Then, on Sept. 28 in the second and final debate of a statistically tied race, McAuliffe committed the political equivalent of fumbling on his own 5 yard line. By saying in the live, televised event that parents have no business telling schools what to teach their children, the seasoned political pro handed his neophyte opponent the tool he needed to weaken the Democrats’ firewall in the suburbs and exurbs of Washington.
Exurban Loudoun County had become the avatar for unrest across the nation as parents vented their anger over issues of mask mandates, remote-learning policies, race in school curricula and restroom accommodations for transgender students. Youngkin quickly exploited – and embellished – McAuliffe’s words well beyond what he actually said, linking it to a Justice Department assessment of violent threats against school board members nationally that he mischaracterized as a plot to stifle parents.
In a turnout that exceeded 2017’s previous record gubernatorial vote by 25 percent, Youngkin mustered a massive vote in Republican rural strongholds and held down McAuliffe’s suburban margins. And he did it his way, keeping Trump at arm’s length while tantalizing Trump loyalists and RINOs alike with the prospect of ending a dozen years of GOP futility.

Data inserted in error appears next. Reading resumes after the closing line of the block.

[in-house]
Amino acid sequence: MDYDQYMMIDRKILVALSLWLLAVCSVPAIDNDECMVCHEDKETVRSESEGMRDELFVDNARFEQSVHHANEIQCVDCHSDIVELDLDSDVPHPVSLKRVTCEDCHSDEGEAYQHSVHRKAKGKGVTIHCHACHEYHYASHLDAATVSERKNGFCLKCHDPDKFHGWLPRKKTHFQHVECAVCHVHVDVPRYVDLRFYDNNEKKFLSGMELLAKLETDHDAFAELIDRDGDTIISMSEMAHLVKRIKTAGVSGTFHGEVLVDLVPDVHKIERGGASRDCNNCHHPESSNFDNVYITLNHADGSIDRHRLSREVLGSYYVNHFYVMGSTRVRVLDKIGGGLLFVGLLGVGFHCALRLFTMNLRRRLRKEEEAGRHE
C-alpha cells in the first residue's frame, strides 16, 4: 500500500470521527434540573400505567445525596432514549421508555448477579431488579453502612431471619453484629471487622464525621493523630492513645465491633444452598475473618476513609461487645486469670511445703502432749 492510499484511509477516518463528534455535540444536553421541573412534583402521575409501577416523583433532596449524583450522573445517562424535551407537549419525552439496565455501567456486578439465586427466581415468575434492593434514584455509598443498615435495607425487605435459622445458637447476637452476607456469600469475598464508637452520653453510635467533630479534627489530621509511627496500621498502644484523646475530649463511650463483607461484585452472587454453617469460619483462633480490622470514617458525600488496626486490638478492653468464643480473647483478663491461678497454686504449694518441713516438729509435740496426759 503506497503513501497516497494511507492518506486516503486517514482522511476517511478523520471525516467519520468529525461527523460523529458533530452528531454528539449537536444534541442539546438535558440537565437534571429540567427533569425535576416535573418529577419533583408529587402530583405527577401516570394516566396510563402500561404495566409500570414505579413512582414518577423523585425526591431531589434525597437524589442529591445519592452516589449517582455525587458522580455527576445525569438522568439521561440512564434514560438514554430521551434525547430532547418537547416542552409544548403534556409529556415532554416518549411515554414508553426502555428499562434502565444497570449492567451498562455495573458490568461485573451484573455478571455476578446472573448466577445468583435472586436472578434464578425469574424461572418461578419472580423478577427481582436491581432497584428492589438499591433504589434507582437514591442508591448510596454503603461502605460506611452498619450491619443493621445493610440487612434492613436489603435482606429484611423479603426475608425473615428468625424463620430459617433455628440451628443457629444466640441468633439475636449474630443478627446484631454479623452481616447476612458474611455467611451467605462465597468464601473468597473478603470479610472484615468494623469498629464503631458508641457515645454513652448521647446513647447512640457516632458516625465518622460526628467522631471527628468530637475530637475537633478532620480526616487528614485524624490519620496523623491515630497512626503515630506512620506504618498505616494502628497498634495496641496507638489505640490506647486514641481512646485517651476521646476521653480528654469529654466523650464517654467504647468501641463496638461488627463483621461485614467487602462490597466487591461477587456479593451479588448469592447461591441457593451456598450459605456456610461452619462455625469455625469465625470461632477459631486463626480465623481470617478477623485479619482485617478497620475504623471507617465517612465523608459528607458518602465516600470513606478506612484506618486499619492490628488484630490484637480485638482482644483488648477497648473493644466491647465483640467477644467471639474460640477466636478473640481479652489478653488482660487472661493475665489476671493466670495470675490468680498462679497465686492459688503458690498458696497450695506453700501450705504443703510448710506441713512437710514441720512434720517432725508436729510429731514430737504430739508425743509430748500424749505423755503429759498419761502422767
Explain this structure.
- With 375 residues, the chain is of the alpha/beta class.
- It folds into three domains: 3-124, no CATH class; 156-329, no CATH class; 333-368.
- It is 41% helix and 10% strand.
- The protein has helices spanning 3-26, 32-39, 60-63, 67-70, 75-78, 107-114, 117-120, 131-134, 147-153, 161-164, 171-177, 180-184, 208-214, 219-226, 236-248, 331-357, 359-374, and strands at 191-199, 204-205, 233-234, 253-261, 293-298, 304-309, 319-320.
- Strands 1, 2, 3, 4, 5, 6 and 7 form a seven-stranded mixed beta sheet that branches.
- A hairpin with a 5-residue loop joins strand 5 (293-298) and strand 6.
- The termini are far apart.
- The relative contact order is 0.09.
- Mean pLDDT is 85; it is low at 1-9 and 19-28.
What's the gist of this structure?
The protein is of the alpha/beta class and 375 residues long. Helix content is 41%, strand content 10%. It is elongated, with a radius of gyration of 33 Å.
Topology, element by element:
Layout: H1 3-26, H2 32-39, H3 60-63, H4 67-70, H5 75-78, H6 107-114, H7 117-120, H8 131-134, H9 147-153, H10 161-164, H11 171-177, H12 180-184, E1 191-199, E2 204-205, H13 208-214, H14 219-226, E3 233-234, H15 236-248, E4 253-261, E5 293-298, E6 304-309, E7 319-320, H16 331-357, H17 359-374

It’s not a formula that can be replicated everywhere, particularly Trump’s Deep South red clay redoubts. But Youngkin proved a workable template for winning in Trump-averse states where Democrats hold a slight demographic edge by minimizing the former president’s presence and focusing instead on Democratic dysfunction and overreach on issues like law enforcement, schools and taxation, all the while projecting a kinder, gentler image.
How widely it gets deployed by Republican Senate and House candidates looking to retake Congress and in governors’ races next year may depend on how well Trump himself tolerates it.
If there’s one thing Trump’s bloated, orange ego can’t abide, it’s being nudged off center stage.
Our stories may be republished online or in print under Creative Commons license CC BY-NC-ND 4.0. We ask that you edit only for style or to shorten, provide proper attribution and link to our web site. Please see our republishing guidelines for use of photos and graphics.